Basically, along in that same process, you have to choose the operating system that you're running on those machines. Most of the time, it's Linux based. Sometimes we have Windows based deployments as well. Then our engineers typically deploy containers on top of your operating systems. Then app servers go on top of that. Then finally, your business applications. These are the applications that your customers actually use and care about. In the AWS world, they have a terminology called undifferentiated heavy lifting. If you've worked with AWS before, they always say this term, undifferentiated heavy lifting. At Capital One, we call it arbitrary uniqueness. Basically, all of those things at the bottom are things that really don't add any value, the things that you have to do in order to even get to the top of the stack, which is your business application. Developers don't really care about the stuff at the bottom. I spent about 15 years as a Java developer in the J2EE world. When they told me, I needed to configure some big application server running something on a data center, I had no idea what the spec should mean, I just randomly guessed.

When you move into the serverless world, the whole thought process changes from wait for work to something that's event based. A typical serverless deployment or an application is made up of one of three different event models. It could be a synchronous event, which is, for example, a load balancer drives some traffic to a lambda function, or an asynchronous event, which is something that's happened in your environment, and you have to respond to it. For example, every one of you who is taking a picture right now, that picture, if you want to post it on to social media, it may land in an S3 bucket. Then that social media provider, they're not taking that 10-Meg image that you just took, and then sending it to millions of people. They're processing that image and they're optimizing it for mobile, for computers, for web, whatever it is, and then they're distributing it out. It's reacting, asynchronous reactions to things that we're doing. Then the last thing is poll-based. When you go to, and you submit an order, the order doesn't happen instantly, that's because they're storing it in a durable datastore, and they're processing it later. When Amazon scales up for Prime Day, it doesn't matter how many orders are being submitted, they can process those orders later on. It decouples really tight systems, and it creates better architectures. This is the serverless world.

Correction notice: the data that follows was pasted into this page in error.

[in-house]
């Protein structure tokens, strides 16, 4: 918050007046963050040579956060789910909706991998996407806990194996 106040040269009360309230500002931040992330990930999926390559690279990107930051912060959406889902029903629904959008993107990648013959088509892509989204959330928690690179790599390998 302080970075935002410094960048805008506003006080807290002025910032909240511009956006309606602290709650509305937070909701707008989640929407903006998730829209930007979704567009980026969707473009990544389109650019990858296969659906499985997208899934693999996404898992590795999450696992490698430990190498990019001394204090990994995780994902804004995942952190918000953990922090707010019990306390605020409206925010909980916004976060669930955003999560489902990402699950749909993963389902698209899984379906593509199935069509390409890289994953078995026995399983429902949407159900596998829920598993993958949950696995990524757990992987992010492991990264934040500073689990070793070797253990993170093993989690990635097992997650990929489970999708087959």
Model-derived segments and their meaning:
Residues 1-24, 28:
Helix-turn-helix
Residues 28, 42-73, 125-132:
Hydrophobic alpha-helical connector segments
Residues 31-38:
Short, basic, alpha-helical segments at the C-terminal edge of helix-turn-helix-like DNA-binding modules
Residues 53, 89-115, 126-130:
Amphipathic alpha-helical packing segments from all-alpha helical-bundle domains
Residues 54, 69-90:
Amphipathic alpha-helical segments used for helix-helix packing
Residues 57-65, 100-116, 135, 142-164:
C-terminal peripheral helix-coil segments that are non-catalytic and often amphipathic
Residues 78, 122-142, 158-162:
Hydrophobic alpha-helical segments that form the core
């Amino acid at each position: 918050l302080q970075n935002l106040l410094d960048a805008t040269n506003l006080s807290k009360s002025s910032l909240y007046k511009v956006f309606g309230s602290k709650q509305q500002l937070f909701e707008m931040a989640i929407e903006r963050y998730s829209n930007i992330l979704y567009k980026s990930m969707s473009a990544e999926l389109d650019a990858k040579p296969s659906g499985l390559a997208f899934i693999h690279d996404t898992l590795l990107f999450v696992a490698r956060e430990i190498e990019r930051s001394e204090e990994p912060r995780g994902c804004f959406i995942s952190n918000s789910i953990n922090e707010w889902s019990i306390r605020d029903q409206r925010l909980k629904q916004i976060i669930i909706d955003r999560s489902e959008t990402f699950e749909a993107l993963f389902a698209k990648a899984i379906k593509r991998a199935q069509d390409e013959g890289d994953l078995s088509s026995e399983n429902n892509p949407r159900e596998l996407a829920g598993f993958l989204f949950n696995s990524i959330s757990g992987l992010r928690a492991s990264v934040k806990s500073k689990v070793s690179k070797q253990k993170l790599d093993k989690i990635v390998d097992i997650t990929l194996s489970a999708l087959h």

Then when you work in serverless architectures, all that stuff from the previous slide at the bottom is just in the cloud. When I talk about serverless, we're generally talking about serverless compute technologies, which is lambda, and then Fargate. When you're working with lambda, the first thing that your engineers touch is application code. They only touch application code. They don't have to worry about any application servers. There's no networking configuration. They're not even configuring CPU. All they're saying is, I need this amount of memory and I deploy this code to my lambda functions. AWS will scale those lambda functions widely, as much as your application traffic needs. This is basically the same concept across all three major cloud providers. Azure and Google Functions as a Service are exactly the same thing. They're designed to be event driven. They're designed to be small. They're designed to scale horizontally very quickly. The developer just starts with business logic. What this means is that our developers are a lot more productive, because they no longer have to spend 50% of their time worrying about all of those blocks at the bottom. Everything at the bottom becomes AWS managed. If there's a problem with the infrastructure, AWS will self-heal and load balance across their infrastructure. A really good example is, a few years ago, does anybody remember the Intel hardware bug called Spectre and Meltdown? Those two things, when they came out, a lot of us, if you were on paging duty, or whatever, you might have been paged, because these were severe vulnerabilities. Any customer running a lambda function basically just sat and watched Twitter, because AWS handled everything for you. You didn't have to do anything. That's the power of moving to a serverless architecture.

The Benefits of Serverless